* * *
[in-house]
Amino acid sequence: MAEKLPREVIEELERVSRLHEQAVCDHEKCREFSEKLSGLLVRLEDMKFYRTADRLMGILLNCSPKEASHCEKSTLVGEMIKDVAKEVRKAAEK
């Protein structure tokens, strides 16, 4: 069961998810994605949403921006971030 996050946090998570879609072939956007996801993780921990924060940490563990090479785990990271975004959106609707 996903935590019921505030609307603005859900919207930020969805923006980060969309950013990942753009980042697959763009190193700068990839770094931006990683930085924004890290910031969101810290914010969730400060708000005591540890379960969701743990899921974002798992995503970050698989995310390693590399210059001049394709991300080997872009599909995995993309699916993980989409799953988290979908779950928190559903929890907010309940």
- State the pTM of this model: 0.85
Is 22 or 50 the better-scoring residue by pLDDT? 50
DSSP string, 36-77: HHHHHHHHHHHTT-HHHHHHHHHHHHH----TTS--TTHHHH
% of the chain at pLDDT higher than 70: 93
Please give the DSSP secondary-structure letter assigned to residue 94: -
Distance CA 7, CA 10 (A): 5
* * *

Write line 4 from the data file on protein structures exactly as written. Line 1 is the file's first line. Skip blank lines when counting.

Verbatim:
- State the pTM of this model: 0.85